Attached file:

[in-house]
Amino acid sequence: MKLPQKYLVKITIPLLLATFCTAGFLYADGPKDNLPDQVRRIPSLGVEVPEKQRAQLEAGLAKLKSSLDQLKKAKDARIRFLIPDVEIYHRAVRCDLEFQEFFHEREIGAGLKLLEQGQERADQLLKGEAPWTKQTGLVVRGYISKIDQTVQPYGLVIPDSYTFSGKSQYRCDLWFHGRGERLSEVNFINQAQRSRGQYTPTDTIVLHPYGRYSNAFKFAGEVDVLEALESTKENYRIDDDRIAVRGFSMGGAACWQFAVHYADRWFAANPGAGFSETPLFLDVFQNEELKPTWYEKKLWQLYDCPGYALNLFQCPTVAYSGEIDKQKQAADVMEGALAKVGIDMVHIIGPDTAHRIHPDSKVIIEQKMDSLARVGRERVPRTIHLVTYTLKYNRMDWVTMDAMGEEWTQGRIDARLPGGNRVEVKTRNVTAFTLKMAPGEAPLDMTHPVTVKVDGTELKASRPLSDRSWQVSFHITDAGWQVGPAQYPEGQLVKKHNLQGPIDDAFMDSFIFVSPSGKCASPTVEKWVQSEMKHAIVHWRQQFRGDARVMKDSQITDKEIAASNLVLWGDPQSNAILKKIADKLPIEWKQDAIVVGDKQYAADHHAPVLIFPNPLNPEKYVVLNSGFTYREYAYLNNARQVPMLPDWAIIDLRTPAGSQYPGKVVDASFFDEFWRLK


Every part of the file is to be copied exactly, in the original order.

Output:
[in-house]
Amino acid sequence: MKLPQKYLVKITIPLLLATFCTAGFLYADGPKDNLPDQVRRIPSLGVEVPEKQRAQLEAGLAKLKSSLDQLKKAKDARIRFLIPDVEIYHRAVRCDLEFQEFFHEREIGAGLKLLEQGQERADQLLKGEAPWTKQTGLVVRGYISKIDQTVQPYGLVIPDSYTFSGKSQYRCDLWFHGRGERLSEVNFINQAQRSRGQYTPTDTIVLHPYGRYSNAFKFAGEVDVLEALESTKENYRIDDDRIAVRGFSMGGAACWQFAVHYADRWFAANPGAGFSETPLFLDVFQNEELKPTWYEKKLWQLYDCPGYALNLFQCPTVAYSGEIDKQKQAADVMEGALAKVGIDMVHIIGPDTAHRIHPDSKVIIEQKMDSLARVGRERVPRTIHLVTYTLKYNRMDWVTMDAMGEEWTQGRIDARLPGGNRVEVKTRNVTAFTLKMAPGEAPLDMTHPVTVKVDGTELKASRPLSDRSWQVSFHITDAGWQVGPAQYPEGQLVKKHNLQGPIDDAFMDSFIFVSPSGKCASPTVEKWVQSEMKHAIVHWRQQFRGDARVMKDSQITDKEIAASNLVLWGDPQSNAILKKIADKLPIEWKQDAIVVGDKQYAADHHAPVLIFPNPLNPEKYVVLNSGFTYREYAYLNNARQVPMLPDWAIIDLRTPAGSQYPGKVVDASFFDEFWRLK